Mazapán, a Mexican Candy was featured in an Art Show

Mazapán is one of three Mexican candies I chose to make and show as art objects (to be eaten) at the collaborative art show, February, 2010 in Houston, Texas,  “The Candy Shop,” The candy shows the meeting of  Latin America with Europe.

 A cousin of marzipan (made with almonds and sugar) which originates in Asia and/or the Middle East, mazapán is distinctly Mexican in that it replaces the almonds with peanuts which are of Latin American origin and adds corn starch which is of course native to Mexico. To maintain the “cacahuate” flavor, it is not cooked.  Once you bite into these, you’ll love the almost peanut butter sweet taste.  Some have called it Ruiz’s pieces!   mazapansml.jpg

This localization of Marzipan is a great example of how adapting, changing and creating something new is a constant in cooking.  It’s the same way with culture in general. So for this art show I wanted to emphasize how making and eating candy is a way of re-making our identity, staying current while deeply rooted.  Below is a view of the art show, an evening of more attentive re-looking, re-assessing and re-enjoying.  The collaborative show featured three visual artists who explored candy as memory, identity and nostalgia.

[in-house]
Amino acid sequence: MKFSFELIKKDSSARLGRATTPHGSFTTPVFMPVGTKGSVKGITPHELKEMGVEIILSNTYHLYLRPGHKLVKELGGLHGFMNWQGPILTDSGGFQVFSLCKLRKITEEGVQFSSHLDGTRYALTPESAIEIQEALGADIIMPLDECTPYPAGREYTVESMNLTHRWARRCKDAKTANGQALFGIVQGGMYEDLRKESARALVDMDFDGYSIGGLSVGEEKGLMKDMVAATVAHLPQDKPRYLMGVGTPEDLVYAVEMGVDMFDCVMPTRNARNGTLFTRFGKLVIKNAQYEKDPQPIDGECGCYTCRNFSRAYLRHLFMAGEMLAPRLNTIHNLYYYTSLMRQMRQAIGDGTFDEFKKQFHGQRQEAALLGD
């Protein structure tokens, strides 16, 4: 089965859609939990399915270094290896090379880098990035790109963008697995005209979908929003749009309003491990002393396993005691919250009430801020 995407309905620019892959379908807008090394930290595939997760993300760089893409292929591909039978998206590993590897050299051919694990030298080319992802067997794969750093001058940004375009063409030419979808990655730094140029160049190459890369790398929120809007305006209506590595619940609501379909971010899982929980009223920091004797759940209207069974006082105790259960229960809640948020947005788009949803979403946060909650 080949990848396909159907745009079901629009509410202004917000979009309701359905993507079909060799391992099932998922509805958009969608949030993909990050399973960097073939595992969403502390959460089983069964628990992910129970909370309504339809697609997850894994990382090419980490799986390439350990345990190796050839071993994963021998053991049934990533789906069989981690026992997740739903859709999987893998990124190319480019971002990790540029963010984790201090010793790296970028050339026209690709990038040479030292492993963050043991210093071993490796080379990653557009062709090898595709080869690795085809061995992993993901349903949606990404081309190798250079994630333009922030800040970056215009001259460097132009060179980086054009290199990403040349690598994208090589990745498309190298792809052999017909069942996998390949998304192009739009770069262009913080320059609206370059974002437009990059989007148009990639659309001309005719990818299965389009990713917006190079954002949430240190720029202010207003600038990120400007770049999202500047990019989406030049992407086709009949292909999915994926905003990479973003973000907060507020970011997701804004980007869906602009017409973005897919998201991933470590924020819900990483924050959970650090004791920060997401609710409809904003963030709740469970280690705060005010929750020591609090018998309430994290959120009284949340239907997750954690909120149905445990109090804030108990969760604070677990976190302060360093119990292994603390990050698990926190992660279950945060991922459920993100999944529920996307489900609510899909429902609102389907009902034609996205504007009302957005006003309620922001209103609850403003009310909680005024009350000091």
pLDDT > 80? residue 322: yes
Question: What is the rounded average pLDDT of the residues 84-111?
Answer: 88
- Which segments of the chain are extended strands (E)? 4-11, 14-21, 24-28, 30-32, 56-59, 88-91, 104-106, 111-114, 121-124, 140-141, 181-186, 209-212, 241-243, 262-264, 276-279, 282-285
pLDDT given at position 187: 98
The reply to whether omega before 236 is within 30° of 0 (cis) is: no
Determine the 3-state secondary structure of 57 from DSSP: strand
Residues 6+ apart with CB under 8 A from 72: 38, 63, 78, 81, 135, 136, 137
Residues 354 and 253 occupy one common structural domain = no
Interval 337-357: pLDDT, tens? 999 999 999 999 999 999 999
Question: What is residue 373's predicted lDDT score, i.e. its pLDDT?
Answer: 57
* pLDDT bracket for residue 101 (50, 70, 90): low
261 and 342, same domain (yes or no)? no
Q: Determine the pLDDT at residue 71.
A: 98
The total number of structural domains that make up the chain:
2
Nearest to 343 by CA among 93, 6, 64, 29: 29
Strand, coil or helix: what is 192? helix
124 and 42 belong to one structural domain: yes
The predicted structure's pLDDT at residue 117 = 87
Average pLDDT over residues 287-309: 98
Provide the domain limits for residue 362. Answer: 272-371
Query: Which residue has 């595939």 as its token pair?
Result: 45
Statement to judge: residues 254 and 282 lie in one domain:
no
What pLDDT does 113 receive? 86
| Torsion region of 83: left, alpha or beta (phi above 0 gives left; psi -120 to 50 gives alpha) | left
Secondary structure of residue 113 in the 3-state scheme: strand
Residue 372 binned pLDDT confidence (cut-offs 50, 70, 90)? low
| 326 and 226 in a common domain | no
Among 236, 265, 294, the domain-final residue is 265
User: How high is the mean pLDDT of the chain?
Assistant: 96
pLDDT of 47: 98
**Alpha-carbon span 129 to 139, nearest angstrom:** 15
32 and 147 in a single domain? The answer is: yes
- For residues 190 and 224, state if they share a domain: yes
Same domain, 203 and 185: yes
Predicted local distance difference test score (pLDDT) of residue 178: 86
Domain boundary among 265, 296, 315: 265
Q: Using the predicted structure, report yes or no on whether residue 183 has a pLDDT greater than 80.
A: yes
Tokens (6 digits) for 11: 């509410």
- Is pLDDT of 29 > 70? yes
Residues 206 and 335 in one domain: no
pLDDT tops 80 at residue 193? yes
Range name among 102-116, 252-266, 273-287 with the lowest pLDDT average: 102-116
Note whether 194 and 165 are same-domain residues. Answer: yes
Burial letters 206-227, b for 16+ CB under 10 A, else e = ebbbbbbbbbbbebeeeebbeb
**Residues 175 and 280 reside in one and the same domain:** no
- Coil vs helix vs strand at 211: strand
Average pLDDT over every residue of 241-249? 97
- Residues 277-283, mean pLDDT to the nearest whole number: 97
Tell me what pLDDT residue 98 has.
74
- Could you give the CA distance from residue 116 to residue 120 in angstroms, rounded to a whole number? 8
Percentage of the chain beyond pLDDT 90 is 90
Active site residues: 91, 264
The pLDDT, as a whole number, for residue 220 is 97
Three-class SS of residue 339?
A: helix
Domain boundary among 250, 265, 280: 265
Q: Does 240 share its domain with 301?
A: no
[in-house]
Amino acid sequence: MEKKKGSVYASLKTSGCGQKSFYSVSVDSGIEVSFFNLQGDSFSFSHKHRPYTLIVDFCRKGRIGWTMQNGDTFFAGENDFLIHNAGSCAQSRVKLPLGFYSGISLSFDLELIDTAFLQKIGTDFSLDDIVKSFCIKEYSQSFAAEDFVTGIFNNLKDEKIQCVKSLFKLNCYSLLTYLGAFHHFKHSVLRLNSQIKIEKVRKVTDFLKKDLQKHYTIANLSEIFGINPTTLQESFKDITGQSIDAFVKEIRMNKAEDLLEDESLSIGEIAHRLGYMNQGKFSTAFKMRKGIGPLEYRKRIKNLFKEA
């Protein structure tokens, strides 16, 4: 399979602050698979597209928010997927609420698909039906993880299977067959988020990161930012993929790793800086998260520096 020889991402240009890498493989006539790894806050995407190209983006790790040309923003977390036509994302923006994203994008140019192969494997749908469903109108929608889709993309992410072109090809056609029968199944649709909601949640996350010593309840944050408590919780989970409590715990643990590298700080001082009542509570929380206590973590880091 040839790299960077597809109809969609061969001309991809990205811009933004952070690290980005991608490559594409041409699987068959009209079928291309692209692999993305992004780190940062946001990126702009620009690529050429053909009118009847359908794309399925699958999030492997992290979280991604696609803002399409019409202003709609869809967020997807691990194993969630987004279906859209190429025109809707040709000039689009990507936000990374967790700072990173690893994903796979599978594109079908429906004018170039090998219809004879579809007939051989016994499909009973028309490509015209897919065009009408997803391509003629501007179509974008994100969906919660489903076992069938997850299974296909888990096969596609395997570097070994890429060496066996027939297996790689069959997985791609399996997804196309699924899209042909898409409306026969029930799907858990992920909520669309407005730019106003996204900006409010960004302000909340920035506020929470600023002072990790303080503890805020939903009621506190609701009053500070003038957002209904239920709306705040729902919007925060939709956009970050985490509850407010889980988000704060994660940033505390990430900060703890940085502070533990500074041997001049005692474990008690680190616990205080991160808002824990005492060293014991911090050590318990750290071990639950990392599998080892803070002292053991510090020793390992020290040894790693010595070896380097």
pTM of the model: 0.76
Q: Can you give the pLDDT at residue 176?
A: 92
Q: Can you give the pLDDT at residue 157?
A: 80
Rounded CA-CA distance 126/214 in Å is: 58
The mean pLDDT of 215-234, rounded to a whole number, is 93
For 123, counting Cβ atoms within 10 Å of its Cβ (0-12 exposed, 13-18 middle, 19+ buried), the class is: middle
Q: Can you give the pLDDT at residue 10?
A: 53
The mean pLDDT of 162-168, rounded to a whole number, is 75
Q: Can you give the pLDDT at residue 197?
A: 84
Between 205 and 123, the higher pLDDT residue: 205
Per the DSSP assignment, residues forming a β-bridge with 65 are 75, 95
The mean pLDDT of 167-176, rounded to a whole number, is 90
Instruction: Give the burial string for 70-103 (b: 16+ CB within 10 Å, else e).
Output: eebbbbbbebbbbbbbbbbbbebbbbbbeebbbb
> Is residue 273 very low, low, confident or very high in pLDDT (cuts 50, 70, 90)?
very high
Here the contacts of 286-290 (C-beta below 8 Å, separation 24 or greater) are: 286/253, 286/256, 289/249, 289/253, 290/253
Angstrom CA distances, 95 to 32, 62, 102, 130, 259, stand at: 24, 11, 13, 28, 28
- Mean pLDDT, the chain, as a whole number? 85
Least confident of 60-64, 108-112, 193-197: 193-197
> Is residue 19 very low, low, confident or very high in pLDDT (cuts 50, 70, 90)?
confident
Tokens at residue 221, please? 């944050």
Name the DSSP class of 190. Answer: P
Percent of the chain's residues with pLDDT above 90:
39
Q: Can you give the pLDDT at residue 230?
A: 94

The recipe, by the way is in ounces by weight.  You won’t believe how straightforward it is to make this yummy candy.

Recipe  (makes 2 dozen candies)

6 ounces  unsalted peeled peanuts

3 ounces confectioner’s sugar


1.  In a food processor, process the ingredients until they form a pliable dough that feels like putty.

2. Roll out the dough to a 1/4″ thickness

3.  Using a round fluted cutter, form the candies and set aside for storage.

They are ready to eat!  Let me know how you like them.

In this picture, the candy was presented as sculpture, part of the art exhibit.  Hmm, yeahhh, eat the art!!

Artists in “The Candy Shop” Eduardo Portillo, André Amaral, Raúl Gonzalez and Adán Medrano

A parting thought:  So why does everyone become happy when sharing candy, food?

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